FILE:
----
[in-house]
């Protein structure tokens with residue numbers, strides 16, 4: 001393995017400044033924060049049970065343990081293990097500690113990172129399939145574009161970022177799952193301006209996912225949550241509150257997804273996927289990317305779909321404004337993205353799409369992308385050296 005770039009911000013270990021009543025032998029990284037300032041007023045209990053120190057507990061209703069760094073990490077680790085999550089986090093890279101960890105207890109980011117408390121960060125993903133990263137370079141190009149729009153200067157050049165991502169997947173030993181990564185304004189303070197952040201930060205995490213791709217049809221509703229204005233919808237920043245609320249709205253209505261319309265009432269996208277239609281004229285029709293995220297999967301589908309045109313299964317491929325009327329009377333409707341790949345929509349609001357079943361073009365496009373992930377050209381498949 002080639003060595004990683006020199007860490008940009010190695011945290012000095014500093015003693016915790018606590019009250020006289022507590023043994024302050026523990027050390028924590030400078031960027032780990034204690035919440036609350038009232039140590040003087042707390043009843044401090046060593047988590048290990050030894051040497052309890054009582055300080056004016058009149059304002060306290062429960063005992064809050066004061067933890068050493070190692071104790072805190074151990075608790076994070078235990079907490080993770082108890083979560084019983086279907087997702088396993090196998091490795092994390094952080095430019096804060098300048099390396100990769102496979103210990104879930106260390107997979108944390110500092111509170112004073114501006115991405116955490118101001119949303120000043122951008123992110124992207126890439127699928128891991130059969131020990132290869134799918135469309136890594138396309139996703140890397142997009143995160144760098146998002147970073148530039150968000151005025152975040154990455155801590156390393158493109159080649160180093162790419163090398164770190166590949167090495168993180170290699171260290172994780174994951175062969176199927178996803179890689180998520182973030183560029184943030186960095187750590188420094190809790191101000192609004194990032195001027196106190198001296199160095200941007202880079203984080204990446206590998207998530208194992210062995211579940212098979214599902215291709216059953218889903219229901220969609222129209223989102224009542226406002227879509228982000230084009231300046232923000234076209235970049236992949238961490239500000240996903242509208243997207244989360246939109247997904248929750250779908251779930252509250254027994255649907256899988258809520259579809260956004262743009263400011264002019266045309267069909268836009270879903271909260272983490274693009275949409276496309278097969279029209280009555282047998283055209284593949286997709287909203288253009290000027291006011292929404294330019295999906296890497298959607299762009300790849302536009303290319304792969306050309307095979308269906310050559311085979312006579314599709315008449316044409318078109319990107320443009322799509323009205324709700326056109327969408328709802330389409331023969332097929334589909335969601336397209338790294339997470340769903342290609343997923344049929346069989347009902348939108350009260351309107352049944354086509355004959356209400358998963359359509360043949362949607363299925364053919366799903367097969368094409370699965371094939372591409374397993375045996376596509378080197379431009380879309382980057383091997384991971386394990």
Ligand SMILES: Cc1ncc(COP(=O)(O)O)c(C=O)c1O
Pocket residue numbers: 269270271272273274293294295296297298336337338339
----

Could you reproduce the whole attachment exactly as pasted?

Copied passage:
[in-house]
């Protein structure tokens with residue numbers, strides 16, 4: 001393995017400044033924060049049970065343990081293990097500690113990172129399939145574009161970022177799952193301006209996912225949550241509150257997804273996927289990317305779909321404004337993205353799409369992308385050296 005770039009911000013270990021009543025032998029990284037300032041007023045209990053120190057507990061209703069760094073990490077680790085999550089986090093890279101960890105207890109980011117408390121960060125993903133990263137370079141190009149729009153200067157050049165991502169997947173030993181990564185304004189303070197952040201930060205995490213791709217049809221509703229204005233919808237920043245609320249709205253209505261319309265009432269996208277239609281004229285029709293995220297999967301589908309045109313299964317491929325009327329009377333409707341790949345929509349609001357079943361073009365496009373992930377050209381498949 002080639003060595004990683006020199007860490008940009010190695011945290012000095014500093015003693016915790018606590019009250020006289022507590023043994024302050026523990027050390028924590030400078031960027032780990034204690035919440036609350038009232039140590040003087042707390043009843044401090046060593047988590048290990050030894051040497052309890054009582055300080056004016058009149059304002060306290062429960063005992064809050066004061067933890068050493070190692071104790072805190074151990075608790076994070078235990079907490080993770082108890083979560084019983086279907087997702088396993090196998091490795092994390094952080095430019096804060098300048099390396100990769102496979103210990104879930106260390107997979108944390110500092111509170112004073114501006115991405116955490118101001119949303120000043122951008123992110124992207126890439127699928128891991130059969131020990132290869134799918135469309136890594138396309139996703140890397142997009143995160144760098146998002147970073148530039150968000151005025152975040154990455155801590156390393158493109159080649160180093162790419163090398164770190166590949167090495168993180170290699171260290172994780174994951175062969176199927178996803179890689180998520182973030183560029184943030186960095187750590188420094190809790191101000192609004194990032195001027196106190198001296199160095200941007202880079203984080204990446206590998207998530208194992210062995211579940212098979214599902215291709216059953218889903219229901220969609222129209223989102224009542226406002227879509228982000230084009231300046232923000234076209235970049236992949238961490239500000240996903242509208243997207244989360246939109247997904248929750250779908251779930252509250254027994255649907256899988258809520259579809260956004262743009263400011264002019266045309267069909268836009270879903271909260272983490274693009275949409276496309278097969279029209280009555282047998283055209284593949286997709287909203288253009290000027291006011292929404294330019295999906296890497298959607299762009300790849302536009303290319304792969306050309307095979308269906310050559311085979312006579314599709315008449316044409318078109319990107320443009322799509323009205324709700326056109327969408328709802330389409331023969332097929334589909335969601336397209338790294339997470340769903342290609343997923344049929346069989347009902348939108350009260351309107352049944354086509355004959356209400358998963359359509360043949362949607363299925364053919366799903367097969368094409370699965371094939372591409374397993375045996376596509378080197379431009380879309382980057383091997384991971386394990």
Ligand SMILES: Cc1ncc(COP(=O)(O)O)c(C=O)c1O
Pocket residue numbers: 269270271272273274293294295296297298336337338339